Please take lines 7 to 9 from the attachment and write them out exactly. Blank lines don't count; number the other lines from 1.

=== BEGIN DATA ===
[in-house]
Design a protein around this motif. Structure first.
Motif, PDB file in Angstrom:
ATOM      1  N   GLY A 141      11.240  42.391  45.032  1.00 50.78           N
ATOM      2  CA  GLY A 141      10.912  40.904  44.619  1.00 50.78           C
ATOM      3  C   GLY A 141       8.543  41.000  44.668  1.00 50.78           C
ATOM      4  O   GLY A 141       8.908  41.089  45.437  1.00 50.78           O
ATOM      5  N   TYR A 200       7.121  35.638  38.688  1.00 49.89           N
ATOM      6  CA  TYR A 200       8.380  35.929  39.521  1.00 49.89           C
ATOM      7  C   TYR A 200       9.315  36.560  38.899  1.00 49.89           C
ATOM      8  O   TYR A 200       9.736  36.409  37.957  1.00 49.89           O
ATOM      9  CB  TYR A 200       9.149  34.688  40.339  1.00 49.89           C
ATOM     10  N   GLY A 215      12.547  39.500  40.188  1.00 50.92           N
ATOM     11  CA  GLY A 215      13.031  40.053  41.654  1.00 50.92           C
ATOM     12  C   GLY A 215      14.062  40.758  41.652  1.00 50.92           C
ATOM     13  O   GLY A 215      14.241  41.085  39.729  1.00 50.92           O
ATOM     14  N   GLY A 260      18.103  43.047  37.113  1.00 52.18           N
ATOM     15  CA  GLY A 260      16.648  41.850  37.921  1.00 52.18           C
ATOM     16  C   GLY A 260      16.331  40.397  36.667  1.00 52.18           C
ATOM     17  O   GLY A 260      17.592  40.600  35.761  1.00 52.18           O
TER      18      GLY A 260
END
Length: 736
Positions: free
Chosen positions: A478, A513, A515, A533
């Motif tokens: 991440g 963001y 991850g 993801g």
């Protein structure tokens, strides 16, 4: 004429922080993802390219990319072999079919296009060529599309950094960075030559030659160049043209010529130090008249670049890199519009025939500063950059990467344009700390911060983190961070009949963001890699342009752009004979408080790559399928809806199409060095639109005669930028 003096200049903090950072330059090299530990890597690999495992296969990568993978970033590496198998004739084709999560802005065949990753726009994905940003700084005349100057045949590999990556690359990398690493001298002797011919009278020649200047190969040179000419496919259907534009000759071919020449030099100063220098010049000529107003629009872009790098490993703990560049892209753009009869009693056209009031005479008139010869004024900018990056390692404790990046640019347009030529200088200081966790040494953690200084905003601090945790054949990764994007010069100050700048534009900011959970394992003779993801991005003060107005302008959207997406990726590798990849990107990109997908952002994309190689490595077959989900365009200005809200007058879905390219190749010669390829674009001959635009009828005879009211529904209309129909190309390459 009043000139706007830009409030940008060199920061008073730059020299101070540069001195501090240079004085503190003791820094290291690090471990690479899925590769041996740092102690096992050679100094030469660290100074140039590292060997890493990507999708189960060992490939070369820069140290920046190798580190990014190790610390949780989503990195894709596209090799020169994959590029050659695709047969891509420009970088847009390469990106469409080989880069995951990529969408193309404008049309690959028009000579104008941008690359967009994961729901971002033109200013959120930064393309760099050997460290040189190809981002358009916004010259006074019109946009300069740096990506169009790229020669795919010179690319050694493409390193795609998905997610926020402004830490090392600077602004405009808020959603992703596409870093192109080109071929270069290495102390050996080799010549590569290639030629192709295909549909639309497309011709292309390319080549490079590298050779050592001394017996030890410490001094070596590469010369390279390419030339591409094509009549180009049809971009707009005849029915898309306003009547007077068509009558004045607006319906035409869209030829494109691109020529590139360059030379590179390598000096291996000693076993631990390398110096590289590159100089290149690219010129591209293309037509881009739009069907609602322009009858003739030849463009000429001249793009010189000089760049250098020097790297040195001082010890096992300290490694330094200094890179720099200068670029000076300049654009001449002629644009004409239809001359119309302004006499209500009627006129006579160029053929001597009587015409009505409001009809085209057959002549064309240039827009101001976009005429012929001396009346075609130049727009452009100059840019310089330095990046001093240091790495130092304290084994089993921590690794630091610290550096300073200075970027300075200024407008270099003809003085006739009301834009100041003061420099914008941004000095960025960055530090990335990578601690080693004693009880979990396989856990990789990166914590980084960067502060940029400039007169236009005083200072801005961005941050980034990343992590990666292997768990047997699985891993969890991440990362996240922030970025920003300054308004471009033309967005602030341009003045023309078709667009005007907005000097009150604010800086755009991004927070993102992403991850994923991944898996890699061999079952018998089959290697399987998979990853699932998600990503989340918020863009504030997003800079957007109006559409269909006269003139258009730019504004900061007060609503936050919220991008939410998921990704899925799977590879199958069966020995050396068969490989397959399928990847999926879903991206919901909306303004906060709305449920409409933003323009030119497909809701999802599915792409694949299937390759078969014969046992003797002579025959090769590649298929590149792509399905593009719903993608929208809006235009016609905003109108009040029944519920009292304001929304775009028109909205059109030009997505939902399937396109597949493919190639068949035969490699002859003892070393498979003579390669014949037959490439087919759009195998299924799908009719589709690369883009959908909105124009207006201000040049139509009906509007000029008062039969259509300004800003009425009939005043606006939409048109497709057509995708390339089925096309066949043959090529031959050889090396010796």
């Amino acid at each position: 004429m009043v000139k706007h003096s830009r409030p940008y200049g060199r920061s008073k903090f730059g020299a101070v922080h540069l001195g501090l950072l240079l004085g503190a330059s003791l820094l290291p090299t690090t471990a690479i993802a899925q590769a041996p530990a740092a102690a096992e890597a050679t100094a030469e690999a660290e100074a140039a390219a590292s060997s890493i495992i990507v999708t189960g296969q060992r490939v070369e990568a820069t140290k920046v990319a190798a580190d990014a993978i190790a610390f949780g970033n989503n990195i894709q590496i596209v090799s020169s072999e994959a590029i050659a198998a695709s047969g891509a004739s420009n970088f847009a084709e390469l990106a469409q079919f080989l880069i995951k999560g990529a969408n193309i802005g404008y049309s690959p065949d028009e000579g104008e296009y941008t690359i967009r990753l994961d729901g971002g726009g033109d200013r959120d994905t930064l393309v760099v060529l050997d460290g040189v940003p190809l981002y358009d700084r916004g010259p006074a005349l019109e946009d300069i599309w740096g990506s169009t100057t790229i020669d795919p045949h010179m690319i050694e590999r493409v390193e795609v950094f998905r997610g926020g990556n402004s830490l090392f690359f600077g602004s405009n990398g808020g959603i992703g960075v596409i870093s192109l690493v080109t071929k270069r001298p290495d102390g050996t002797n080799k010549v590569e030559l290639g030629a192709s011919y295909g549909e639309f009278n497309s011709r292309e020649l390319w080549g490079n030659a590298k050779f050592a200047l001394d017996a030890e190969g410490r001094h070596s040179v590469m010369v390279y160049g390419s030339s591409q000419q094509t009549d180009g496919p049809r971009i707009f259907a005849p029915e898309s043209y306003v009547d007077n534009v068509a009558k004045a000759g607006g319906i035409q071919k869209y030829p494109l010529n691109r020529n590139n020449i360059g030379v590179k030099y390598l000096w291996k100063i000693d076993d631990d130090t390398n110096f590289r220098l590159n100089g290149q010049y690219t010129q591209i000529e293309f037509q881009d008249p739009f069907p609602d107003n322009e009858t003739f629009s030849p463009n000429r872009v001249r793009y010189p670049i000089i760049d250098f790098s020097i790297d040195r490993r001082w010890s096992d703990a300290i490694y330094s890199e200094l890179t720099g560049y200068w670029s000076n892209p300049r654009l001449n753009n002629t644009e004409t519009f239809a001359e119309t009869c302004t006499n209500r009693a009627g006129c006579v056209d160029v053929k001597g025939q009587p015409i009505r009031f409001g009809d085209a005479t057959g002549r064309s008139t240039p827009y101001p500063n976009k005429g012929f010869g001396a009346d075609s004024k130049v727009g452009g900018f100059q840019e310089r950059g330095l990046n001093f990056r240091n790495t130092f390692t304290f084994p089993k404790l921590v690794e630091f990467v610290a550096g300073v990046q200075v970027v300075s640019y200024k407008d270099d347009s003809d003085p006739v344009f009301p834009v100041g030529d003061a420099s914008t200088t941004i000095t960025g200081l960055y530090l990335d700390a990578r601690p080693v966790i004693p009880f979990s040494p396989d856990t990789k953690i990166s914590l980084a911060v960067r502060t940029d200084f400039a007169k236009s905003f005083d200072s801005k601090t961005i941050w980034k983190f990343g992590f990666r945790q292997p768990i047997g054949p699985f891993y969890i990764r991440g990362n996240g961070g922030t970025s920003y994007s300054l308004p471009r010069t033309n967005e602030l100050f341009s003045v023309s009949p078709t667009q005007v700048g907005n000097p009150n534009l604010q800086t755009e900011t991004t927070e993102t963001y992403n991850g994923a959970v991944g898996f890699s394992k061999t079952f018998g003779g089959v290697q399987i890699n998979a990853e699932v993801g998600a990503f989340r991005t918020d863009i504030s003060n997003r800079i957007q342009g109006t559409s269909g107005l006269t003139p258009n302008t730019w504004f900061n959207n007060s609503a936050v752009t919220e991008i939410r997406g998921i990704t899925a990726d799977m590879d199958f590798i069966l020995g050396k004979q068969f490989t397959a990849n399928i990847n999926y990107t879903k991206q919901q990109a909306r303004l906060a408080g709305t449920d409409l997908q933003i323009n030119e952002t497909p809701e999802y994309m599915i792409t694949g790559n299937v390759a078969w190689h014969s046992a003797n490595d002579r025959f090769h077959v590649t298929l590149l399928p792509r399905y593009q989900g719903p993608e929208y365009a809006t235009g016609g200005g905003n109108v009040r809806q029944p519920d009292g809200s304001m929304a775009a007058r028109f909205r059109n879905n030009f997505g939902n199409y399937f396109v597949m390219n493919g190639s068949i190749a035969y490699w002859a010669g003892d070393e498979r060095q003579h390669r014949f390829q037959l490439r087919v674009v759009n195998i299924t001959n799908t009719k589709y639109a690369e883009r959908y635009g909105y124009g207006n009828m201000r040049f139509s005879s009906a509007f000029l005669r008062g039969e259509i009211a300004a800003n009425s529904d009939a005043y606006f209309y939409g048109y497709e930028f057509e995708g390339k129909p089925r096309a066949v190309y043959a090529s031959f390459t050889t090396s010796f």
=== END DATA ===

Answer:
ATOM      4  O   GLY A 141       8.908  41.089  45.437  1.00 50.78           O
ATOM      5  N   TYR A 200       7.121  35.638  38.688  1.00 49.89           N
ATOM      6  CA  TYR A 200       8.380  35.929  39.521  1.00 49.89           C